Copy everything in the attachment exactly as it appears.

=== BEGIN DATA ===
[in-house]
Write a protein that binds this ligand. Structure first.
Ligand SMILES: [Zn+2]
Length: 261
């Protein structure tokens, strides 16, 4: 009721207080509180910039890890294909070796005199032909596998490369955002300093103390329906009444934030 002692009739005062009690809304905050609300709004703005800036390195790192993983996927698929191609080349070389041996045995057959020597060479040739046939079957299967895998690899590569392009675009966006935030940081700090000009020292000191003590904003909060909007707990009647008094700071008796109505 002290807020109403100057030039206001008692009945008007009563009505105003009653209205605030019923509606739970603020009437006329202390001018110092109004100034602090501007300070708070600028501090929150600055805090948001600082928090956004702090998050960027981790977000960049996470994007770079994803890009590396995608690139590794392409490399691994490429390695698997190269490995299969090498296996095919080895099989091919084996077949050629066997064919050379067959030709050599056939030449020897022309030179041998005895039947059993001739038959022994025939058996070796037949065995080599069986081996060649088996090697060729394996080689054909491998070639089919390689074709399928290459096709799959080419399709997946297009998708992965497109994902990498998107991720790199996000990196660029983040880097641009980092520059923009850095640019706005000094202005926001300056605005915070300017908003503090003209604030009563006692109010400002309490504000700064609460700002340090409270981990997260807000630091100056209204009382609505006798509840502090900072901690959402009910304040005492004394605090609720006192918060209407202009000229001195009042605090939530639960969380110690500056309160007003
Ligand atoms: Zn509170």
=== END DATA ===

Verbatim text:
[in-house]
Write a protein that binds this ligand. Structure first.
Ligand SMILES: [Zn+2]
Length: 261
């Protein structure tokens, strides 16, 4: 009721207080509180910039890890294909070796005199032909596998490369955002300093103390329906009444934030 002692009739005062009690809304905050609300709004703005800036390195790192993983996927698929191609080349070389041996045995057959020597060479040739046939079957299967895998690899590569392009675009966006935030940081700090000009020292000191003590904003909060909007707990009647008094700071008796109505 002290807020109403100057030039206001008692009945008007009563009505105003009653209205605030019923509606739970603020009437006329202390001018110092109004100034602090501007300070708070600028501090929150600055805090948001600082928090956004702090998050960027981790977000960049996470994007770079994803890009590396995608690139590794392409490399691994490429390695698997190269490995299969090498296996095919080895099989091919084996077949050629066997064919050379067959030709050599056939030449020897022309030179041998005895039947059993001739038959022994025939058996070796037949065995080599069986081996060649088996090697060729394996080689054909491998070639089919390689074709399928290459096709799959080419399709997946297009998708992965497109994902990498998107991720790199996000990196660029983040880097641009980092520059923009850095640019706005000094202005926001300056605005915070300017908003503090003209604030009563006692109010400002309490504000700064609460700002340090409270981990997260807000630091100056209204009382609505006798509840502090900072901690959402009910304040005492004394605090609720006192918060209407202009000229001195009042605090939530639960969380110690500056309160007003
Ligand atoms: Zn509170």